BECAUSE he was such a figure of prominence, many more stories of Abraham Lincoln and those of his dreams have come down to us through the ages. Another one of the dreams he is known to have had, and to have told to more than just one person, took place the night before the last cabinet meeting he ever held. The meeting took place shortly before Lincoln left for Ford's Theatre, in Washington, where John Wilkes Booth killed him on April 14, 1365.

This same dream, which was related at this time to his entire cabinet and to General Ulysses S. Grant, who was also present, was not a new one for Lincoln, for he remarked that he had had this same dream in identical pictures, several times before, the only definite thing about each one was that it had always occurred before an important and decisive battle. When Grant had asked Lincoln if he had received any news from Sherman, who at that time, was still fighting General Johnston's forces near Goldsborough, N. C., Mr. Lincoln said no, but that he believed they would soon hear some news, and that the news they would receive would be good. He knew, he said, because of the dream he had had the previous night. This dream of Lincoln's was that the president found himself in a peculiar and undescribable vessel, on some kind of lake or river, and that it seemed he was always in this same kind of vessel, and that he was moving in what he termed a great rapidness, toward a dark and indefinite shore.

The dream was always the same, and it always ended at the same time. What never failed was that, shortly afterwards, came the news of some victorious occurrence from somewhere along the front; even though the particular event and results were unimportant, it was a victorious piece of news. General Grant is reported to have scoffed at the idea, but it is also reported that a few days later, General Johnston surrendered his army to General Sherman! Those are the facts, no matter what they may point to.

The last three instances are those which happened to persons just like all the others in this world, human beings, that can he understood. But there is also a kind of dream, and a side to the dream which is hard for many people to comprehend. Dreams are said to have a great influence upon the world. And many of these dreams which come to humans just like ourselves, are claimed to be from another world, given to us for the benefit of ours. Great persons of our times and those before us, have refused to accept the claims of greatness thrust upon them, saying that the great pieces of literature which they have written, or the great musical compositions which they have mastered, are really not theirs at all, but were given to them from someone in another world, while they slept. It is known that an inventor is considered to be somewhat of a dreamer, but it is probable, under these circumstances, that because of this dreamy attitude, our civilization is being enriched by the dreams which are transferred from his mind to working use for the consumption of all the peoples of this world.

ON THE literary side of this question, to name just a few of those who received their greatness through dreams, Robert Louis Stevenson's weird dream of a man with two natures, gave us the well-known classic of "Dr. Jekyll and Mr. Hyde." Certainly, if we were to study it closely, it would appear to many of us that we have witnessed just the same type of thing in a lesser form, probably, during one of our own nocturnal visitations. John Bunyan's "Pilgrim's Progress," which has been proclaimed by all the world as one of our great masterpieces of all time, was brought to light by a dream Bunyan once had. And the poem "Kubla Khan," which once in the life of every child must be learned by heart, and which is considered one of the finest in the field of poetry, came to us because its author, Samuel Taylor Coleridge was addicted to drugs, which made him sleep much of the time. During one of these long sleeps of his, the poem came to him.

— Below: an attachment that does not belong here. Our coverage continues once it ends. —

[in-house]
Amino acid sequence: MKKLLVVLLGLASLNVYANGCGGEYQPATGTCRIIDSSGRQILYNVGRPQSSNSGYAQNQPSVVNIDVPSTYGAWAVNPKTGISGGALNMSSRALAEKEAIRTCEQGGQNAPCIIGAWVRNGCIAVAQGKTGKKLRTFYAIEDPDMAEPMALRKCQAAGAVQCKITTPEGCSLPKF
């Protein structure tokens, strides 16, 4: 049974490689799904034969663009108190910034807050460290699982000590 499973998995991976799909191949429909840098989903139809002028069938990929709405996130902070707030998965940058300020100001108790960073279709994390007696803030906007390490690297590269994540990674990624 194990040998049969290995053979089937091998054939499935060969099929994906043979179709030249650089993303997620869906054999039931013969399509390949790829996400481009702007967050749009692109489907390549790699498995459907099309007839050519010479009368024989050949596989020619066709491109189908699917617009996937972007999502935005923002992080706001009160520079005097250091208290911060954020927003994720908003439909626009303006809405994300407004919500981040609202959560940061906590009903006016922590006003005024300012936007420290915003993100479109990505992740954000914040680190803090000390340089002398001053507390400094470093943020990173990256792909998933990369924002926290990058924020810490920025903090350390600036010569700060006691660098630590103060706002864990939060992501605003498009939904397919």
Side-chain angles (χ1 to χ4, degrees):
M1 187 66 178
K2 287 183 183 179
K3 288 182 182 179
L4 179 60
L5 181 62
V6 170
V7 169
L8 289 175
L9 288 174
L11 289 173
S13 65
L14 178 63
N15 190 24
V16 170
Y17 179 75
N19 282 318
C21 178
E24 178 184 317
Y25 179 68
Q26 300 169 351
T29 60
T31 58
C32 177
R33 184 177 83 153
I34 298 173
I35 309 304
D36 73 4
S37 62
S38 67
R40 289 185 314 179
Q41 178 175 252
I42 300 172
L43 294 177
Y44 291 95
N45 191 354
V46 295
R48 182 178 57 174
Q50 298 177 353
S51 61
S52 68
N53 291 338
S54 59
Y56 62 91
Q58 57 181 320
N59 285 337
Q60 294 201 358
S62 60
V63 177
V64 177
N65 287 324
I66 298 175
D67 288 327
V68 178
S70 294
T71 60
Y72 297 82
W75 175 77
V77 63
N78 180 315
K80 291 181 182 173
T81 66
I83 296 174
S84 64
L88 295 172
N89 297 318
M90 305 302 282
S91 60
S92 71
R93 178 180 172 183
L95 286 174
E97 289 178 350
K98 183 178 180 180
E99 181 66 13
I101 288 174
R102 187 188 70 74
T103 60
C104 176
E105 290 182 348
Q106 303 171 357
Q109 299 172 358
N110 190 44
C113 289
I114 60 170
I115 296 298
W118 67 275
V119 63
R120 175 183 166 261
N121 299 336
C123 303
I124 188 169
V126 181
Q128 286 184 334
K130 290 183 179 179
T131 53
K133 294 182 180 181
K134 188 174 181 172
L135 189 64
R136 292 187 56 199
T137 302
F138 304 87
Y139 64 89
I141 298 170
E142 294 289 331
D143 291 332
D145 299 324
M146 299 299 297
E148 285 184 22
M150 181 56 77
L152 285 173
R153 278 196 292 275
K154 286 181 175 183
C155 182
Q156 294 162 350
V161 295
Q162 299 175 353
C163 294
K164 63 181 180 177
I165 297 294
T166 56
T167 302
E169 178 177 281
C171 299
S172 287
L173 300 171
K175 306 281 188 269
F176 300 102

Although this article has shown that dreams can and do deal with everything and anything, it is also true that for the most part, dreams are intensely personal. Some of them cannot be told without making the person it concerns, a mite foolish-looking.

Most of the dreams which are personal concern the thoughts which are most private and untouchable by any other person and which the individual himself does not dwell too long upon during his waking hours. Thus it is that certain dreams are fairly humorous when it is considered who the person is who is dreaming it, for it makes issues out of subjects which one would never dare to dwell upon in the hearing of that certain individual.

It has often been recorded that bald-headed persons who have been quite touchy about the subject, and who steer clear of the subject as much as possible during the waking hours of the day, are known to dream of having permanent waves given them, or marcels, or else, they find themselves being complimented by the beautiful texture or color of their hair! This is not an unusual occurrence, and it is funny, when one thinks about it.

Aside from the value of dreams as predicting what will occur in the future years, dreams also hold a fascination of adventure. In a very humdrum existence of everyday work and nothing out of the ordinary, the release of excess energy is believed to be spent during the dreaming hours, when all our inhibitions are spent. A small department store clerk dreams be is piloting a huge airplane, driving a locomotive, taming a snarling lion, or saving a beautiful lady in distress, and he awakens the following morning, feeling brave and full of life.

No matter how great the adventure, though, or what is the personal opinion concerning the validity of dreams meaning something, it must. be understood that dreams are just another part of this life which we have yet to learn all about. What we believe to be true today may be proved entirely incorrect tomorrow. At any rate, it might be interesting to know if anyone has as yet ever discovered this new angle: have you ever dreamed of waking up? It must be a funny feeling.